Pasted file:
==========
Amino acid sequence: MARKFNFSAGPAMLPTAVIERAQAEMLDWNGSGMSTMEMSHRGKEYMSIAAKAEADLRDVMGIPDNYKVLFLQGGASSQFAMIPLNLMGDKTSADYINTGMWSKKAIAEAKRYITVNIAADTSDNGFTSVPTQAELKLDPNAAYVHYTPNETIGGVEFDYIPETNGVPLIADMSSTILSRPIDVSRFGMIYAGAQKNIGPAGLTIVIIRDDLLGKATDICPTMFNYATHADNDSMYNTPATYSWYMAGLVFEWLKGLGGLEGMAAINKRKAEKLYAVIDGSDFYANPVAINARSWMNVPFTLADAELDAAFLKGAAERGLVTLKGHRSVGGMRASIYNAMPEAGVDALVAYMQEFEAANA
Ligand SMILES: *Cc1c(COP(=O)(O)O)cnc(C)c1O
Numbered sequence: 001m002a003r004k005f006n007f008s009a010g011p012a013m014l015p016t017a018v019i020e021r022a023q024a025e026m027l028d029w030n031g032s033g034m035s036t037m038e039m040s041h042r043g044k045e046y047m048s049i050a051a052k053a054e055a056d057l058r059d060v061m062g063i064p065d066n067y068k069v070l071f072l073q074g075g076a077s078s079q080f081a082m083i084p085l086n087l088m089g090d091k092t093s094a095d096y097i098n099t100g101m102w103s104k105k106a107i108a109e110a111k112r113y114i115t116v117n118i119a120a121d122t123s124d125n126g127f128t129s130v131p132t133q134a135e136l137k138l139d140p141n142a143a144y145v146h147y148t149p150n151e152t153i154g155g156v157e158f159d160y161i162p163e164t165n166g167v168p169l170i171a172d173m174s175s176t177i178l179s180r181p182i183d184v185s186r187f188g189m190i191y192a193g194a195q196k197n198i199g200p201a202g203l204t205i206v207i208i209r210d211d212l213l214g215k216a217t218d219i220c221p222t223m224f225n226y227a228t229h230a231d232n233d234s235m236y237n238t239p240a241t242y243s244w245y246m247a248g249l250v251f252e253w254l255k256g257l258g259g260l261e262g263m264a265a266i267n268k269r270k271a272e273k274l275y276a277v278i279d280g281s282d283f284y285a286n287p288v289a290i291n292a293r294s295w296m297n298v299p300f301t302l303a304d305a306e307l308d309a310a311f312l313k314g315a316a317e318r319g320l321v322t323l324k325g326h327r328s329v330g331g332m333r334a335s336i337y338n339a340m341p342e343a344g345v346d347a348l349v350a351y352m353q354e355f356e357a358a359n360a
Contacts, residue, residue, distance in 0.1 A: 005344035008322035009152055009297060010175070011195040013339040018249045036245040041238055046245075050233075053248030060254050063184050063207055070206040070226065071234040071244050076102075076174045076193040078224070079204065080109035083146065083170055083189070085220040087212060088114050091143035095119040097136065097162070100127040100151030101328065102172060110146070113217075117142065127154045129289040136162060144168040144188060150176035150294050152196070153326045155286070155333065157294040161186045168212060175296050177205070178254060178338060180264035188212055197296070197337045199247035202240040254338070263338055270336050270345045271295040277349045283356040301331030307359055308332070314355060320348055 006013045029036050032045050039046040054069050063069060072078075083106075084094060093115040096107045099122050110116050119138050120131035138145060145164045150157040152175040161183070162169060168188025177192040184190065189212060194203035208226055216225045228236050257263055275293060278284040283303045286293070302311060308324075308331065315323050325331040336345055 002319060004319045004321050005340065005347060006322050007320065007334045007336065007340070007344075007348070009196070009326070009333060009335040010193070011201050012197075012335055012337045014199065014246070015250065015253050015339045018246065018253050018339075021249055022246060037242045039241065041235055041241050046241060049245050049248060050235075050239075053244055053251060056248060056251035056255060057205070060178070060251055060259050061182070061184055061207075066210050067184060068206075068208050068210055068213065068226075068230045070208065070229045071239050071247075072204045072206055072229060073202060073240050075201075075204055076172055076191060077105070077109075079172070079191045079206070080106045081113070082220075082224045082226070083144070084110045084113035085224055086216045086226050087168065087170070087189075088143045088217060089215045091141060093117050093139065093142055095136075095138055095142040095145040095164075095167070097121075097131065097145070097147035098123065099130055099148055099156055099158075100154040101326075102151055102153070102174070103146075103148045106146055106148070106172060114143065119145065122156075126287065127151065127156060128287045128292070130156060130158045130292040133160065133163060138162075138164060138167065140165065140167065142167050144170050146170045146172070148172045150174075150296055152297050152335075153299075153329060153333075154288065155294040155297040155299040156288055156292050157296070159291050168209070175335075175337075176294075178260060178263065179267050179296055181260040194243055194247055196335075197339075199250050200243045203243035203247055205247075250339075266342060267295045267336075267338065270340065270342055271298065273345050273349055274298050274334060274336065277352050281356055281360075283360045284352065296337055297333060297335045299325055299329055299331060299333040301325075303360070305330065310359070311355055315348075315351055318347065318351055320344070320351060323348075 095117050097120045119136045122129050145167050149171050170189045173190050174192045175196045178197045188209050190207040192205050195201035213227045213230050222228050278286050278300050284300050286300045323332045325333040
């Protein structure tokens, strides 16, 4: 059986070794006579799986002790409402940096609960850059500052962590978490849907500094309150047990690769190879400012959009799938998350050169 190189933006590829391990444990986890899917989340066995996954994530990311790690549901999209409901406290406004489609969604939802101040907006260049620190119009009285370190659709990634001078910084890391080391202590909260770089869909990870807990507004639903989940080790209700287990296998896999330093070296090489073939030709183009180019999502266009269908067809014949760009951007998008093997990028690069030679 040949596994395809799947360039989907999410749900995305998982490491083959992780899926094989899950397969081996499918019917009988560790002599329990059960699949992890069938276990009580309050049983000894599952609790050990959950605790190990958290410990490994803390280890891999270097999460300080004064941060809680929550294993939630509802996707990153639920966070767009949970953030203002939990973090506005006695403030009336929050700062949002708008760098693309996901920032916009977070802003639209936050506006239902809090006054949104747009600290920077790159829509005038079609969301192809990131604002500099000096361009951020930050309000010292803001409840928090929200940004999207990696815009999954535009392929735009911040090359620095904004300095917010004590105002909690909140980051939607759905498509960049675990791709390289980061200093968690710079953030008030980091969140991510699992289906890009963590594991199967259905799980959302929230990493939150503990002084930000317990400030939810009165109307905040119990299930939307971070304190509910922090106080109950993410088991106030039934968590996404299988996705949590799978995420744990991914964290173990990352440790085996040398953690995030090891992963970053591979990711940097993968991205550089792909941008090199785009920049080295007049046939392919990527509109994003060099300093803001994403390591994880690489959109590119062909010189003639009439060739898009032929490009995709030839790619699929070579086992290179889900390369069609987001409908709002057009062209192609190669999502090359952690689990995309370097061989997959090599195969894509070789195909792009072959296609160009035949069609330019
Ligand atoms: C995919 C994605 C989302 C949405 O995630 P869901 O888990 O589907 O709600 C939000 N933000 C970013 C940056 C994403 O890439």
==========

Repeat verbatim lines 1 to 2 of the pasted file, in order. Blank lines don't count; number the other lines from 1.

Amino acid sequence: MARKFNFSAGPAMLPTAVIERAQAEMLDWNGSGMSTMEMSHRGKEYMSIAAKAEADLRDVMGIPDNYKVLFLQGGASSQFAMIPLNLMGDKTSADYINTGMWSKKAIAEAKRYITVNIAADTSDNGFTSVPTQAELKLDPNAAYVHYTPNETIGGVEFDYIPETNGVPLIADMSSTILSRPIDVSRFGMIYAGAQKNIGPAGLTIVIIRDDLLGKATDICPTMFNYATHADNDSMYNTPATYSWYMAGLVFEWLKGLGGLEGMAAINKRKAEKLYAVIDGSDFYANPVAINARSWMNVPFTLADAELDAAFLKGAAERGLVTLKGHRSVGGMRASIYNAMPEAGVDALVAYMQEFEAANA
Ligand SMILES: *Cc1c(COP(=O)(O)O)cnc(C)c1O